Sunday Star-News – June 16, 1985
By Ben Steelman
It was a Friday night, and I went to Legion Stadium to see the wrestling and write about courage and about fights cleanly done, the way Papa Hemingway wrote about bull-fighting.
Perhaps it was not the best night to go. Already Ivan Koloff, the growling Russian, had been scratched from the card.
And in the middle of the bouts, it turned out that “Nature Boy” Ric Flair and Magnum T.A. – whose manly poster was hawked through the stands – were both grounded at the Charlotte airport.
Yet the promoters and fighters showed grace under pressure and rematched a satisfactory night.
As with most wrestling, the matches opened with the young bulls: Mark Fleming, the good guy, in aqua-green trunks and Greg Vines in black. (Wrestlers are color-coded, and, as a rule, bad guys wear black or maybe red.)
It was a slow opening.
In general, the quality of wrestling can be judged by how often the fighters jump out, fall out or are thrown out of the ring. Fleming went through the ropes only once.
In fact, the high point of the first bout came when the crowd spotted Baby Doll – the very blonde, very attractive, very large protégé of Tully Blanchard – sitting outside the stadium fieldhouse.
“Hey Baby Doll!” “Baby Doll, whooo!” several of the men remarked.
“Baby Doll’s a pig!” a woman commented.
Fleming won on a pin.
Next came Ricky Reeves and Cowboy Ron Bass. Their performance was snappier: two throws out of the ring, more head drops with louder slams. Reeves eventually won on a fake after being slammed mercilessly by Bass.
But something seemed lacking. “Where’s the blood?” someone asked.
Only when Krusher Khrushchev stormed across the field did the real action begin.
Khrushchev is clearly an apprentice Russian; his goatee has barely grown in. But he’s got what it takes, snarling at the crowd, pointing at his hammer-and-sickle.
“Introducing, from Russia…” the announcer called.
“weighing 285 pounds…”
“…and 131 kilos…”
Soda cups, balled up and stuffed with ice, flew from the stands. One bounced off Krusher’s forehead. He growled without missing a beat, leaped from the ring and rubbed his face against the chain link fence.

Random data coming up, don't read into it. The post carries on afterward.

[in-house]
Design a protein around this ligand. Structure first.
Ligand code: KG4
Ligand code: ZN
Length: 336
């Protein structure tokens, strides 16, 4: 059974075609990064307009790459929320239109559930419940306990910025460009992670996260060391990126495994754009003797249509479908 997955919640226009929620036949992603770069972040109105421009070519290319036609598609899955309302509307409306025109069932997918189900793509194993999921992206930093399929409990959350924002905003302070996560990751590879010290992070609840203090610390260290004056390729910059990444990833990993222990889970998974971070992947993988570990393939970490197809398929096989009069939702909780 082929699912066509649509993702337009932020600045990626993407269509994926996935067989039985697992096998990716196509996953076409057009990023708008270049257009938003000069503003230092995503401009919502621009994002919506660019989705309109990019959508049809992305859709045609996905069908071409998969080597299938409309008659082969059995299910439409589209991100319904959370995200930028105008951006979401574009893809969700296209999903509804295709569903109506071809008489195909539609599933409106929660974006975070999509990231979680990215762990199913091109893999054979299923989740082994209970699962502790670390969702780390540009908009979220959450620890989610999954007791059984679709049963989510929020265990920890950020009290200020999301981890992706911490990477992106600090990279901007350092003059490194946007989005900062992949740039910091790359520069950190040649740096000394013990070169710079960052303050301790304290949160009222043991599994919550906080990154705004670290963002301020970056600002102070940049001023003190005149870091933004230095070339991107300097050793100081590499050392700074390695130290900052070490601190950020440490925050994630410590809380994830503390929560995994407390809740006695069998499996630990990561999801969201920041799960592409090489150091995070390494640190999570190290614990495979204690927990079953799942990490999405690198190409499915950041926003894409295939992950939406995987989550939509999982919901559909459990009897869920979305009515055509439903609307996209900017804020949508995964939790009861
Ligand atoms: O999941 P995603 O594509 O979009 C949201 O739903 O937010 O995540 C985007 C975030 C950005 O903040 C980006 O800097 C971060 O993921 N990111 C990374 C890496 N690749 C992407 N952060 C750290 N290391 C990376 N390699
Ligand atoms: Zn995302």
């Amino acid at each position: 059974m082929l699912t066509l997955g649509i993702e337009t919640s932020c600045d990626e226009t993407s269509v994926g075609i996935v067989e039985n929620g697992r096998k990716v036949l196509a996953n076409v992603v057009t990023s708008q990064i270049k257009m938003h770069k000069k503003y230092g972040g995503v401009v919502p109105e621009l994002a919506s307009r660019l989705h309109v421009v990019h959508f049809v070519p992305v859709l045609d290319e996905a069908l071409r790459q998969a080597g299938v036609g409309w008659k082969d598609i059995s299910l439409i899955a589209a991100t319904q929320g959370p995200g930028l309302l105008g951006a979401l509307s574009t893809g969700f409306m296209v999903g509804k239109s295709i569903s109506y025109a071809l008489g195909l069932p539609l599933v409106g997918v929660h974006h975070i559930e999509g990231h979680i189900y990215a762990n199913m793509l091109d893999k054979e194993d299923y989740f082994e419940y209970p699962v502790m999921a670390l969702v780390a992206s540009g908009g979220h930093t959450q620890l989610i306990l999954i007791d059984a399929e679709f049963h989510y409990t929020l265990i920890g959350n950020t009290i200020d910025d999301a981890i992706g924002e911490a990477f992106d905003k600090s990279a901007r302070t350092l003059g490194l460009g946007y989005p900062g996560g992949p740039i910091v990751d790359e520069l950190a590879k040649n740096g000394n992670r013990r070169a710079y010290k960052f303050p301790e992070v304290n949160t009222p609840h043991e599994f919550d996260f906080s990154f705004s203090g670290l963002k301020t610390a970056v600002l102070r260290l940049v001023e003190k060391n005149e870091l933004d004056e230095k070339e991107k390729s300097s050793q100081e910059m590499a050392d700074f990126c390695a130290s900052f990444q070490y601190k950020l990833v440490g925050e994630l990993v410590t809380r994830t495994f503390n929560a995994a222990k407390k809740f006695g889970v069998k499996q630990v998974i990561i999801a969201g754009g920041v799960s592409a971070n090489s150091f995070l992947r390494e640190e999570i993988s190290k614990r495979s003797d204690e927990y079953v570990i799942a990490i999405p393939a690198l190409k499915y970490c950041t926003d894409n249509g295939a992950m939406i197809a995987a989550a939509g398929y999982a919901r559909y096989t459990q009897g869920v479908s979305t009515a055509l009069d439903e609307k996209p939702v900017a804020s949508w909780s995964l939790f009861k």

Fleming, who had fought in the first match, was appointed victim.
The match moved fast, in a repeating cycle: Khrushchev caught Fleming in a bear hug and then threw him, prostrate, to the canvas. He climbed on the ropes to leap for the coup de grace, muttered something nasty about America and made his move. But then Fleming would turn at the last minute, grab Krusher and punch him repeatedly, the Russian crying “No! No! No!”
But in the end, the Russian won on what appeared to everyone (except the referee) a dubious pin. Good Guys 2, Bad Guys 1. And Krusher stalked off to the crowd’s roars.
Then, after a brief intermission of 45 minutes, officials announced that Flair and Magnum had scratched. About half the crowd rose and headed for the box office for refunds.
It was a crucial moment, and in the grand tradition of sportsmanship, the wrestlers came through. As if by magic, the pace quickened. Avalanche Buzz Tyler and Cowboy Ron Bass went at each other like buzzsaws.
For this match, Cowboy was being “managed” by J.J. Dillon. The primary function of a wrestling manager is to slip brass knuckles or iron bars or something to his fighter in such a fashion that everyone in the stadium can see him – everyone but the ref.
“He’s got something in his glove! He’s got something in his glove!” a woman screamed.
Thus armed, Cowboy knocked Avalanche from the ring. Red fluid poured down Tyler’s forehead – the first blood of the evening. Avalanche came to his knees, his whole body quivering the way Popeye the Sailor does right after swallowing the spinach.
“Hit ‘im, Buzz! Hit ‘im!” they cried.
Avalanche climbed back in the ring and (several out-of-the-ring tosses later) pinned his man. But that didn’t stop Dillon from climbing into the ring and proceeding, with Cowboy’s help, to stomp poor Tyler mercilessly.
At this point Tully Blanchard, Baby Doll in tow, strode toward the ring, his “TV Championship” belt in hand. Oh good, he’s going to break up the fight and let sportsmanship prevail.
But no! Tully climbed in the ring as Dillon and Bass exited, waited as Avalanche slowly pulled himself to his feet – and then, when Avalanche wasn’t looking, coldcocked him across the kidneys with his belt.
The game was on.
Words cannot capture the next few minutes of action.
Five throws out of the ring, an evening’s record.
The referee knocked senseless and rolled out of the ring himself.
Kicks. Drops. Eye-gougings.
Both fighters dripping blood.
Baby Doll, crying and screaming at the edge of the ring, urged Tully on. At one point, she said something to Avalanche, no one knows what. Avalanche, apparently inflamed, leaped out of the ring and started to stalk her – leaving Blanchard free to ambush him from behind.
But Right prevailed. Eventually Avalanche pinned Blanchard – a long pin, allowing the referee time to regain consciousness – and walked off with Blanchard’s TV championship belt.
He wasn’t allowed to keep it. Jim Crockett Promotions Inc. said Blanchard was thrown over the ropes without the referee seeing it, meaning Tyler was disqualified.
But that didn’t matter. Despite his double matches, despite his loss of blood, Avalanche skipped in a victory dance as he headed to the showers.